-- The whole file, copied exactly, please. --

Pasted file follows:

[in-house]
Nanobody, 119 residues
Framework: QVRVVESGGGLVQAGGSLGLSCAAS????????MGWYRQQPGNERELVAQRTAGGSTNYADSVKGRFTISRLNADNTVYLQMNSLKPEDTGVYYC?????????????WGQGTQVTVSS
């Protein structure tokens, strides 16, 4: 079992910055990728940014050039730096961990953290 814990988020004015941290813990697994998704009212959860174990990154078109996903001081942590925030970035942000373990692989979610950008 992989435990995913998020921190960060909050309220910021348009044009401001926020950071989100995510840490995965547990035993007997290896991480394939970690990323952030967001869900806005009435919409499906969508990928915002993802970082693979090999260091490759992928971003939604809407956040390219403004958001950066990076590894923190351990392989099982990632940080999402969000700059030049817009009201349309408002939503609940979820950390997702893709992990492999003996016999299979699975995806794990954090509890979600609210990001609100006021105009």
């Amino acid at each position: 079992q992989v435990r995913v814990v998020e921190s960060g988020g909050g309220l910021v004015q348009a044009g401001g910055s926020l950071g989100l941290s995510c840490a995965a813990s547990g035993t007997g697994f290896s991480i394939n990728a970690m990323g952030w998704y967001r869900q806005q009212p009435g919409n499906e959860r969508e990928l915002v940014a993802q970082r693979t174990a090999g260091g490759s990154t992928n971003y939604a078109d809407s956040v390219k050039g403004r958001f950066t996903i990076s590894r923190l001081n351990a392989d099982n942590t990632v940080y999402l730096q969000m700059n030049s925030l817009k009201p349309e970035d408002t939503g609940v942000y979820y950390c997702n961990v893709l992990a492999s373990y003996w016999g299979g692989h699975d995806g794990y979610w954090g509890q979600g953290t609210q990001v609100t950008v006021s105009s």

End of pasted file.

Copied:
[in-house]
Nanobody, 119 residues
Framework: QVRVVESGGGLVQAGGSLGLSCAAS????????MGWYRQQPGNERELVAQRTAGGSTNYADSVKGRFTISRLNADNTVYLQMNSLKPEDTGVYYC?????????????WGQGTQVTVSS
């Protein structure tokens, strides 16, 4: 079992910055990728940014050039730096961990953290 814990988020004015941290813990697994998704009212959860174990990154078109996903001081942590925030970035942000373990692989979610950008 992989435990995913998020921190960060909050309220910021348009044009401001926020950071989100995510840490995965547990035993007997290896991480394939970690990323952030967001869900806005009435919409499906969508990928915002993802970082693979090999260091490759992928971003939604809407956040390219403004958001950066990076590894923190351990392989099982990632940080999402969000700059030049817009009201349309408002939503609940979820950390997702893709992990492999003996016999299979699975995806794990954090509890979600609210990001609100006021105009």
């Amino acid at each position: 079992q992989v435990r995913v814990v998020e921190s960060g988020g909050g309220l910021v004015q348009a044009g401001g910055s926020l950071g989100l941290s995510c840490a995965a813990s547990g035993t007997g697994f290896s991480i394939n990728a970690m990323g952030w998704y967001r869900q806005q009212p009435g919409n499906e959860r969508e990928l915002v940014a993802q970082r693979t174990a090999g260091g490759s990154t992928n971003y939604a078109d809407s956040v390219k050039g403004r958001f950066t996903i990076s590894r923190l001081n351990a392989d099982n942590t990632v940080y999402l730096q969000m700059n030049s925030l817009k009201p349309e970035d408002t939503g609940v942000y979820y950390c997702n961990v893709l992990a492999s373990y003996w016999g299979g692989h699975d995806g794990y979610w954090g509890q979600g953290t609210q990001v609100t950008v006021s105009s």